Nora Boustany

Colombian Envoy's Title Is New, but Mission Is Same

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By Nora Boustany
Wednesday, July 5, 2006

As Colombian President Andr?s Pastrana drove back from the remote jungles and highlands after a historic meeting with guerrillas linked to the drug trade in the summer of 1998, he caught a glimpse of a low-flying eagle.

The image of the bird gliding alongside his car -- "silent and dignified in an undaunted flight" -- served as a lasting reminder of a day that would forever alter the course of Colombia, Pastrana wrote in his memoir, "La Palabra Bajo Fuego," which was published in Spanish last year in Colombia. Its title means "The Word Under Fire."

He knew that peace was possible in Colombia, a country wracked by violence perpetrated by Marxist guerrillas, right-wing paramilitaries and thriving drug traffickers, but he realized that the path to it would be "long and tortuous" and require tremendous patience, wrote Pastrana, who left office in 2002 but is back in the fray as Colombia's ambassador to the United States.

Pastrana's leadership in the process was boosted by his instrumental ambassador at the time, Luis Alberto Moreno , now president of the Inter-American Development Bank, and his resourceful planning minister, Jaime Ruiz .

On the American side, it was a serendipitous alignment of opportunities: a keen State Department, a Clinton White House flush with surplus money, and a Capitol Hill looking ahead to the 2000 presidential election.

Pastrana was the executor, Ruiz the planner and Moreno the bridge-builder. Moreno worked the Hill then, as Pastrana is doing now, with dogged determination, sometimes spending all day there. When hesitant members of Congress came forth with a complaint, he called Pastrana right then and there on his cellphone. And Pastrana took the calls.

"I really believe it was a team effort. I saw an opening and the possibility to run with something to create a momentum. But without them in Bogota, this would all still be theory," Moreno said in a telephone interview from Peru last weekend. "It was an ambitious program. I consider myself lucky. Pastrana had a big belief we could deliver on this. Everything that needed to happen, he realized it."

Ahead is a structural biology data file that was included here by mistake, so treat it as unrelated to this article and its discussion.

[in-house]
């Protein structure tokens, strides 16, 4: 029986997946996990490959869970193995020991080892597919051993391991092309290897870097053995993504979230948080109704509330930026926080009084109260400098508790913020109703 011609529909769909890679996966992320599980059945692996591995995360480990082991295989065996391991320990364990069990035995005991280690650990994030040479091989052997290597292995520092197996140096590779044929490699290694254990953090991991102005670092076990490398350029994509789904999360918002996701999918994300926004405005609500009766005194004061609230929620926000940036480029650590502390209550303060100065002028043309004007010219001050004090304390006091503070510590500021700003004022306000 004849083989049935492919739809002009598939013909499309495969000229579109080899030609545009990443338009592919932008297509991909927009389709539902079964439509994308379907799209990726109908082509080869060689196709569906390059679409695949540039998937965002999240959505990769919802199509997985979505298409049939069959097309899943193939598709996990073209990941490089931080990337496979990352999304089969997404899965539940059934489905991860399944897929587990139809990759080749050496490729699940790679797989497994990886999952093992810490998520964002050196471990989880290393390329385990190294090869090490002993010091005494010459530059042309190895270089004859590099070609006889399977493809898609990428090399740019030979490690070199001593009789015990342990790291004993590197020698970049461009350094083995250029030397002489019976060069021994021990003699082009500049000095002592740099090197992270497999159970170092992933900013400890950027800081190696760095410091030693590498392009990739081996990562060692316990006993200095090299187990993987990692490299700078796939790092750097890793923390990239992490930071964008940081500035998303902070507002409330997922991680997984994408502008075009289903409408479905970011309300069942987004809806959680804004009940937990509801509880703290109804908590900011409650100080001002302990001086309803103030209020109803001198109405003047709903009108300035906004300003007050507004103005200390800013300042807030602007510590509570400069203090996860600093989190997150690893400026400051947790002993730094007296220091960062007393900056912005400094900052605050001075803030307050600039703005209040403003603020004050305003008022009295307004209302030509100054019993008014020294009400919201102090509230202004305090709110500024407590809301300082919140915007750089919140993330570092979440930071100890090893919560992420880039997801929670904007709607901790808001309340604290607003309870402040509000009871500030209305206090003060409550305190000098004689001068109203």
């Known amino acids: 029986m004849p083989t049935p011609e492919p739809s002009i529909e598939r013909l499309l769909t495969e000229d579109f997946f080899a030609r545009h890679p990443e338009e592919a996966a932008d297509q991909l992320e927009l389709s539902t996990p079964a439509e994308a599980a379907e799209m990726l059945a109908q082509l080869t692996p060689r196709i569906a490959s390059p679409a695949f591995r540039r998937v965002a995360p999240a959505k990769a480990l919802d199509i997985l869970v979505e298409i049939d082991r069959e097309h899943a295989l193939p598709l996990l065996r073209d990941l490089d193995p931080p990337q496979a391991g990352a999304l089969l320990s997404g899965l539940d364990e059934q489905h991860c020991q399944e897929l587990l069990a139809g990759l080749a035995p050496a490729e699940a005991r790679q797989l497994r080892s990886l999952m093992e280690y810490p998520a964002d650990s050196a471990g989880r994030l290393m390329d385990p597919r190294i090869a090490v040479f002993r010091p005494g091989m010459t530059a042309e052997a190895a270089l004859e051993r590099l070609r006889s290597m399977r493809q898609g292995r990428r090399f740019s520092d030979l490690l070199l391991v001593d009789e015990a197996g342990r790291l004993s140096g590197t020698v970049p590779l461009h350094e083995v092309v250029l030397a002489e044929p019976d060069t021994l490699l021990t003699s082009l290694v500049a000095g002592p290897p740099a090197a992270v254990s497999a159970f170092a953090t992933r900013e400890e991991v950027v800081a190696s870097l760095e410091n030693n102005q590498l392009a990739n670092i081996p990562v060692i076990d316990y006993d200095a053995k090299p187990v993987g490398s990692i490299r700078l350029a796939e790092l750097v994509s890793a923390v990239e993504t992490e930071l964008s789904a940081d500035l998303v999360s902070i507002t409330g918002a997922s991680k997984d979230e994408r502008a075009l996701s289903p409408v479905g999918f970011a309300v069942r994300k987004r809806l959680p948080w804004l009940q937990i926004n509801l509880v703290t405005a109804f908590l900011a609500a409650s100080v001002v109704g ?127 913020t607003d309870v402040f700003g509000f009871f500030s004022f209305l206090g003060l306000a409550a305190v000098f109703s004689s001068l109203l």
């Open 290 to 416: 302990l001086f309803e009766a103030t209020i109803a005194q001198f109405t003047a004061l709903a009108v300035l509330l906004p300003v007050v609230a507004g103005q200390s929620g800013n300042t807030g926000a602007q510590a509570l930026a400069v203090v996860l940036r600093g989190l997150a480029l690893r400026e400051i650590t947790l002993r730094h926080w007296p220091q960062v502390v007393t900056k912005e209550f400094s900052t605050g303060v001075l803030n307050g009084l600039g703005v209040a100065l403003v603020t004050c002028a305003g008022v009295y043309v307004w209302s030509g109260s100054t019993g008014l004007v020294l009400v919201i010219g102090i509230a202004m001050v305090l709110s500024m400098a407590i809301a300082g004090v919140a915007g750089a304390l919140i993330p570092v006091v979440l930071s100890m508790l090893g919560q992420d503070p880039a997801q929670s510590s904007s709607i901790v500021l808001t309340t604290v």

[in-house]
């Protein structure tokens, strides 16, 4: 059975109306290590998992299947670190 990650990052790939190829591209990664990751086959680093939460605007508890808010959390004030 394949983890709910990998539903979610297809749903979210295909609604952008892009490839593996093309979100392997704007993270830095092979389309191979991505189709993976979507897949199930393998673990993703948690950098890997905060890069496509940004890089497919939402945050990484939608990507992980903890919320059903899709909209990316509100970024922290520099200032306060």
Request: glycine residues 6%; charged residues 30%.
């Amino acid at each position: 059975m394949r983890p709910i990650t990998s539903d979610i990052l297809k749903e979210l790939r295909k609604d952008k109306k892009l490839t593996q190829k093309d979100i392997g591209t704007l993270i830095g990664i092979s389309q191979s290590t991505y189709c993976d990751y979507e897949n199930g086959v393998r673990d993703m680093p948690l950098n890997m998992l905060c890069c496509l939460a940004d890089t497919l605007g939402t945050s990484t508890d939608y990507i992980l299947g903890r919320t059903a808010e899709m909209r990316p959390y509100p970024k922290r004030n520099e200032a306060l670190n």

In 1999, Senate Majority Leader Trent Lott expressed concerns to Moreno about what was happening in Colombia. Moreno told him to write a letter expressing his concerns to President Bill Clinton and proceeded with a Colombia strategy to engage both sides of the aisle.

Clinton and Thomas Pickering , then assistant secretary of state for political affairs, saw the letter as an opening for them to map out effective policy on Colombia.

The outcome of the U.S. and Colombian efforts was Plan Colombia. The United States has injected $4.5 billion in military assistance as part of the $7.5 billion project, which is partially funded by Colombia and backed by 30 European countries.

As a result of the plan, educational and social programs improved, but the economy slipped.

Colombians judged Pastrana as an upper-class jet-setter with a penchant for hobnobbing with royal families, a man not known for rolling up his sleeves like the millions who were living in poverty. Yet unlike the scandal-plagued administration of his predecessor, Ernesto Samper , Pastrana remained clean.


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© 2006 The Washington Post Company

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